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jeopardy game design request

Discussion in 'Electronic Design' started by [email protected], May 14, 2007.

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  1. Guest

    Hi All,

    I hope I am not way out of line posting in this forum, but it was the
    only one I found where I thought I could get some help.

    My 12-year-old son needs to build an electronics project. He has
    decided he would like to build a buzzer/light/switch like game of
    jeopardy; where the first person pressing a button will be allowed to
    answer the question. The wiring should not be advanced; as it is a
    grade-6 project.

    I am not an electrical engineer by any means, so determining the right
    combination/architecture of switches/lights/buzzers/relays/? - I
    cannot do. Can anyone provide some basic guidance to get us going?

    He wants to design it using a piece of wood as the board.

    Thanks, in advance,

  2. On 14 May 2007 07:32:19 -0700, in
    a quick goog found this
    which may be a bit advanced, but it is just one circuit repeated many
    maybe a more thorough google would find something simpler

  3. MooseFET

    MooseFET Guest

    You are going to need something to prevent the second button from
    having any effect. How many buttons do you want to do? The usual
    number is 3.

    Can you solder electronic stuff?

    You can use relays to do the work but the cost will be kind of high.
    You can use logic but you will have to work on small stuff.

    See: and search for: Solderless Breadboard

    I think that will get you the right stuff to let you avoid any need to
    solder onto small parts.

    I'm going to suggest that you use a couple of CD4013B ICs and a

    The nice thing about the CD40XX logic is that it can be powered by
    just a 9V battery. There will also be some transistors needed to make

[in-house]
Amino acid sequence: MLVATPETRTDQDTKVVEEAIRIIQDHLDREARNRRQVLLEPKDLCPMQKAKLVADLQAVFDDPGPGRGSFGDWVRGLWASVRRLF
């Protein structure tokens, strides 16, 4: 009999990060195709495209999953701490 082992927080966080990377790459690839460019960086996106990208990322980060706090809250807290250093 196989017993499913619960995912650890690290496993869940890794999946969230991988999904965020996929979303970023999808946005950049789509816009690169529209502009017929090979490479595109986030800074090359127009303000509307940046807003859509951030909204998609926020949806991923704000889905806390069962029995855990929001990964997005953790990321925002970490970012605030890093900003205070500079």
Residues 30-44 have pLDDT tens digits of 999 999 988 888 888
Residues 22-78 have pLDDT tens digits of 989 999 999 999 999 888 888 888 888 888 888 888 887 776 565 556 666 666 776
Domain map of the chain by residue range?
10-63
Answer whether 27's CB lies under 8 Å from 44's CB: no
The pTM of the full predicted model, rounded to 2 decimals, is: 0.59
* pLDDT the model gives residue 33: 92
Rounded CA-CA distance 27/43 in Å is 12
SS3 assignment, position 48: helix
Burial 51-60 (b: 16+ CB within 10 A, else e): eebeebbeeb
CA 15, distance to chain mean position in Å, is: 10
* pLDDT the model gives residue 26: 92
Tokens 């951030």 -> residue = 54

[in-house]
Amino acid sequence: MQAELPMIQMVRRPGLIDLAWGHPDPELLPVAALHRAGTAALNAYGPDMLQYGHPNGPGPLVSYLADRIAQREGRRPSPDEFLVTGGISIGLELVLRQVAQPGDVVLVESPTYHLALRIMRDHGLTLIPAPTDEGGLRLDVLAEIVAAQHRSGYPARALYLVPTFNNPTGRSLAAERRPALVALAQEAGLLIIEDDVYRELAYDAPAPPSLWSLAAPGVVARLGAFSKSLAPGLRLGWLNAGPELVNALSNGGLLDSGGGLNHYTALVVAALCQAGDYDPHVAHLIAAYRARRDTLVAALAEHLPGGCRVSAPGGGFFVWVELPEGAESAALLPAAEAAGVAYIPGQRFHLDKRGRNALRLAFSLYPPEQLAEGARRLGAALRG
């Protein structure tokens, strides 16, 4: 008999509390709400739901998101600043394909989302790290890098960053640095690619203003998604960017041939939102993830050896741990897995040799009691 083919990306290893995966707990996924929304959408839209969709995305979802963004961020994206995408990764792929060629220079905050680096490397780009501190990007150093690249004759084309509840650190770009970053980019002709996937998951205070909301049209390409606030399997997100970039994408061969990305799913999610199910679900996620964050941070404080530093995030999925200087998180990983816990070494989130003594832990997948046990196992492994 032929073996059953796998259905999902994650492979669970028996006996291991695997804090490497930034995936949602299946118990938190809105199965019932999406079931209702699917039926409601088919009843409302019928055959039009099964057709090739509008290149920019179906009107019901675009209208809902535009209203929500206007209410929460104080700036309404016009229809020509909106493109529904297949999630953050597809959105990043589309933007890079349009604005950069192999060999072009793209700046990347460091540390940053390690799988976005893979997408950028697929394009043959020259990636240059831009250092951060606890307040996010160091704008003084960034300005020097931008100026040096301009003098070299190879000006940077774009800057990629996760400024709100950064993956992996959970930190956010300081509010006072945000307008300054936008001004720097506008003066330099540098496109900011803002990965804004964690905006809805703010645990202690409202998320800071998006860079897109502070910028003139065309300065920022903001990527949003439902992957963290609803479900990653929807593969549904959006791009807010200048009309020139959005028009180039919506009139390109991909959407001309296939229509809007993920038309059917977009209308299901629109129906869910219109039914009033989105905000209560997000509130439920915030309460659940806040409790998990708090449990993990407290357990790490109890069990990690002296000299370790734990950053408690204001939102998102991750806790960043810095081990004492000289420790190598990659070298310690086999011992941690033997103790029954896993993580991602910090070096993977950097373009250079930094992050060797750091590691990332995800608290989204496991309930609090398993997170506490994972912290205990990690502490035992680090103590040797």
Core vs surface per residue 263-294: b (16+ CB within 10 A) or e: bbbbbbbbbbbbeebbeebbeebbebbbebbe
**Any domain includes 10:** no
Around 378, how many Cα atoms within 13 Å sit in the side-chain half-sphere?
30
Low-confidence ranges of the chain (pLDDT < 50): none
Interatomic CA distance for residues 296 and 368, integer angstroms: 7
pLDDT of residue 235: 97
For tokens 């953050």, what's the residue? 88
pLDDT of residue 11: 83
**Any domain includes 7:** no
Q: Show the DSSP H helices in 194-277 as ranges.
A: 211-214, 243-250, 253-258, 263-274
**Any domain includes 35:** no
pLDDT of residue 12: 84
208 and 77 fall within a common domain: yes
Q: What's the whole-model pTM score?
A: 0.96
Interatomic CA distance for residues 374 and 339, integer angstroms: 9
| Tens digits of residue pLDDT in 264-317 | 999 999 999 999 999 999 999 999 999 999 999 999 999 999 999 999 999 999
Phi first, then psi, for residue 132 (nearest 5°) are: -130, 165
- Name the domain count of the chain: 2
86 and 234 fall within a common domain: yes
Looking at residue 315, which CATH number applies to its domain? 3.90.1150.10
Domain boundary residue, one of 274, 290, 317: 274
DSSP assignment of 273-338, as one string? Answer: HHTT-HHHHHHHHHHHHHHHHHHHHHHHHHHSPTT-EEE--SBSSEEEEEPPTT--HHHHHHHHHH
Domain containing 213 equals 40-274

enough power to switch the buzzers.

    Take a look and see if it looks like something you can handle.
  4. Guest

    Hi there.

    Firstly, thanks for the replies!

    I am not that advanced in electronics, so you have to know who you are
    dealing with :)

    I found a SOLDERLESS BREADBOARD at the local source store (old
    radioshack here in Canada) -

    Can I use this? If so, care to tell me a little more?

    We have started to buy some parts and have the following:

    - some 20 guage Hook Up wire
    - momentary push-button switches
    - threaded base lamp holders and bulbs
    - double-AA battery holder with color-coded wire leads
    - some clips
    - mini buzzers

    I would appreciate any direction...and don't mind if we have to spend
    a little more $$$.



    P.s. we need to do this over the next 2 days :)
  5. A simple non-registered PAL could handle the logic, subject to the
    cautions listed below.

    Inputs: AButton, BButton, CButton, ClearButton (all pulled up and
    active low when pressed)
    Oututs: AFirst, BFirst, CFirst.

    Players A, B, C have their buttons, controller has Clear Button.
    Three indicators are connected to AFirst, BFirst, CFirst outputs.

    AFirst = /AButton * BButton * CButton * /BFirst * /CFirst *
    + AFirst * ClearButton;

    BFirst = AButton * /BButton * CButton * /AFirst * /CFirst *
    + BFirst * ClearButton;

    CFirst = AButton * BButton * /CButton * /AFirst * /BFirst *
    + CFirst * ClearButton;

    This method is subject to race conditions between the player inputs,
    which might result in multiple "First" indications, or none at all.
    This is because there is unavoidable finite setup time for the logic
    and propagation delays in the signals being routed back into the
    decision matrix.
  6. JeffM

    JeffM Guest

    As you are already at Google Groups
    ("The Usenet Archive")--this is Usenet; NOT Google Groups--
    a search would have turned up numerous times this has been asked:
    To see the diagrams in a monospaced font,
    **More options** then **Show original**
    (or copy & paste into Notepad).
  7. Guest

    I did this...but all the ones I saw are are too complex for a Grade 6
    Science project...I am looking for the most basic version possible.


  8. Unfortunately this is not as simple as you might think.